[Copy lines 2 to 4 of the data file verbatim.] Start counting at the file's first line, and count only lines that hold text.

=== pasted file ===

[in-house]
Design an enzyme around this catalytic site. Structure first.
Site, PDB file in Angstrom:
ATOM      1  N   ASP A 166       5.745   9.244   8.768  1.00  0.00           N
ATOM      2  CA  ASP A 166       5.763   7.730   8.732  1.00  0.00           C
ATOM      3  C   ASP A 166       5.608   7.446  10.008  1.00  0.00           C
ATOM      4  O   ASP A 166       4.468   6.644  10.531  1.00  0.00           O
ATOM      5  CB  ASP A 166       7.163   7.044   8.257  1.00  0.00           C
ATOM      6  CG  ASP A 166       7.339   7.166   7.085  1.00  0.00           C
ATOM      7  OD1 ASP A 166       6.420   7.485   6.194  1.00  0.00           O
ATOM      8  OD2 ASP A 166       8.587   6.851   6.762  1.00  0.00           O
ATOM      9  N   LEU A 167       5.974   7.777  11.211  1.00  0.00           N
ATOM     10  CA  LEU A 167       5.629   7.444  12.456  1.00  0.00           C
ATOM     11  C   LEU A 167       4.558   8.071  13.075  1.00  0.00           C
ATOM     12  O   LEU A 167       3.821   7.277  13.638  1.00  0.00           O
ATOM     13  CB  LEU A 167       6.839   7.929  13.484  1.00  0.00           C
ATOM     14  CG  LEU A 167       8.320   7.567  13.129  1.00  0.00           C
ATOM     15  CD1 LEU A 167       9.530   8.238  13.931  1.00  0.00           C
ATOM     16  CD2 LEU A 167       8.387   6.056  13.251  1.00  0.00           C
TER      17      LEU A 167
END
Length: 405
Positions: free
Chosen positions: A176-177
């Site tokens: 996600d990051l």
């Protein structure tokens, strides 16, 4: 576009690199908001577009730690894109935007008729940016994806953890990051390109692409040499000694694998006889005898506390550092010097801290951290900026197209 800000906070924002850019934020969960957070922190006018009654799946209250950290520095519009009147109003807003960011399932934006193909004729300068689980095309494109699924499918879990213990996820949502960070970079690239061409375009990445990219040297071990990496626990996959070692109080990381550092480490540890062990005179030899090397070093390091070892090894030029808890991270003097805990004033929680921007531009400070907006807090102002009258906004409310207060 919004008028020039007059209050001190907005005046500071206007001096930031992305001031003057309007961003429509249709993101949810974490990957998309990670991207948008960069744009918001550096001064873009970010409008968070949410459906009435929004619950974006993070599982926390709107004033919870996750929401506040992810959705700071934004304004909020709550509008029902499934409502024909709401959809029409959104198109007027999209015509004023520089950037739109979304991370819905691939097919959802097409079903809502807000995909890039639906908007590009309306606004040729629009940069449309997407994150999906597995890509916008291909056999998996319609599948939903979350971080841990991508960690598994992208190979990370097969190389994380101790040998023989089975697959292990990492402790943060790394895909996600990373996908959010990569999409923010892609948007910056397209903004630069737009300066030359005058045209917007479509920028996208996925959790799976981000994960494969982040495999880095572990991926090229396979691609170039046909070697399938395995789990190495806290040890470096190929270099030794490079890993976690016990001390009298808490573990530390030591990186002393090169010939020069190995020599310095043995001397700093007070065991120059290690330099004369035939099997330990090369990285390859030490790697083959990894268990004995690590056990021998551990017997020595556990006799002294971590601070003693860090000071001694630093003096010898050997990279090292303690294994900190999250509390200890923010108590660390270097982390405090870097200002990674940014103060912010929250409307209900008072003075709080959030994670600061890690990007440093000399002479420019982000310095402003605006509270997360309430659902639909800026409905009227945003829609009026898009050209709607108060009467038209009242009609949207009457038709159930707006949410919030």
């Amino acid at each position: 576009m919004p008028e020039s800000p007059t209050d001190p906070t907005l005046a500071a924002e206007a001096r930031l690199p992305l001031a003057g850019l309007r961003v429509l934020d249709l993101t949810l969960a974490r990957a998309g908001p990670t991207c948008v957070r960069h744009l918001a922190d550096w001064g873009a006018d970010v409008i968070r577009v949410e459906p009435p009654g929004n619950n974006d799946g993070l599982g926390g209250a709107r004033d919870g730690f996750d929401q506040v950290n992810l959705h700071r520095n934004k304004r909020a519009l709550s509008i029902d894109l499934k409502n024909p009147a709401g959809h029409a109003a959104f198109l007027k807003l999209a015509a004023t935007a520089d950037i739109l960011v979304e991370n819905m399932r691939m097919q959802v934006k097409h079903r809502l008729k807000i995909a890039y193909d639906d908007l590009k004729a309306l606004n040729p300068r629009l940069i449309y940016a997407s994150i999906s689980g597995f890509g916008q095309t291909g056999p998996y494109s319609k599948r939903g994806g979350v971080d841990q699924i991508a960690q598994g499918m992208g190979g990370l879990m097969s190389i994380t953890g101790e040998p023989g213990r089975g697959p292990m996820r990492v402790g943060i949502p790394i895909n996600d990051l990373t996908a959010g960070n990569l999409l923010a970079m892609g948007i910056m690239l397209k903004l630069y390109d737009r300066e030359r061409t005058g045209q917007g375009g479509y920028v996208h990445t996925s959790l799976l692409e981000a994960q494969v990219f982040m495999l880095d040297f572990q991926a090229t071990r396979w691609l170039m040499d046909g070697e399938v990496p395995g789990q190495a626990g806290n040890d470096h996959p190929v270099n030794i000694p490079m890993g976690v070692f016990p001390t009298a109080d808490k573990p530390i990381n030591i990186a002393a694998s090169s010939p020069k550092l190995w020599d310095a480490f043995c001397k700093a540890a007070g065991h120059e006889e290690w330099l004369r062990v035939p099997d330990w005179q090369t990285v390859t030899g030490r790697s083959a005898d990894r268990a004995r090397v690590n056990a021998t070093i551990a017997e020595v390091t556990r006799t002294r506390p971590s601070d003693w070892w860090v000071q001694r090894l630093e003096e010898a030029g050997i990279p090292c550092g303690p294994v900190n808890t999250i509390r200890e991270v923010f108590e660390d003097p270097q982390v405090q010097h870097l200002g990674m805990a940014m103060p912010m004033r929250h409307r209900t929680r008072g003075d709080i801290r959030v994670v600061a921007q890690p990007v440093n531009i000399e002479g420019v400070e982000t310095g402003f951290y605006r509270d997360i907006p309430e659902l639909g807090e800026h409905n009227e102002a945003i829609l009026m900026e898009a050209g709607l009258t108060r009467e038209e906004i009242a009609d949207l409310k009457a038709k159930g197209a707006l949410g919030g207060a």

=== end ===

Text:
Design an enzyme around this catalytic site. Structure first.
Site, PDB file in Angstrom:
ATOM      1  N   ASP A 166       5.745   9.244   8.768  1.00  0.00           N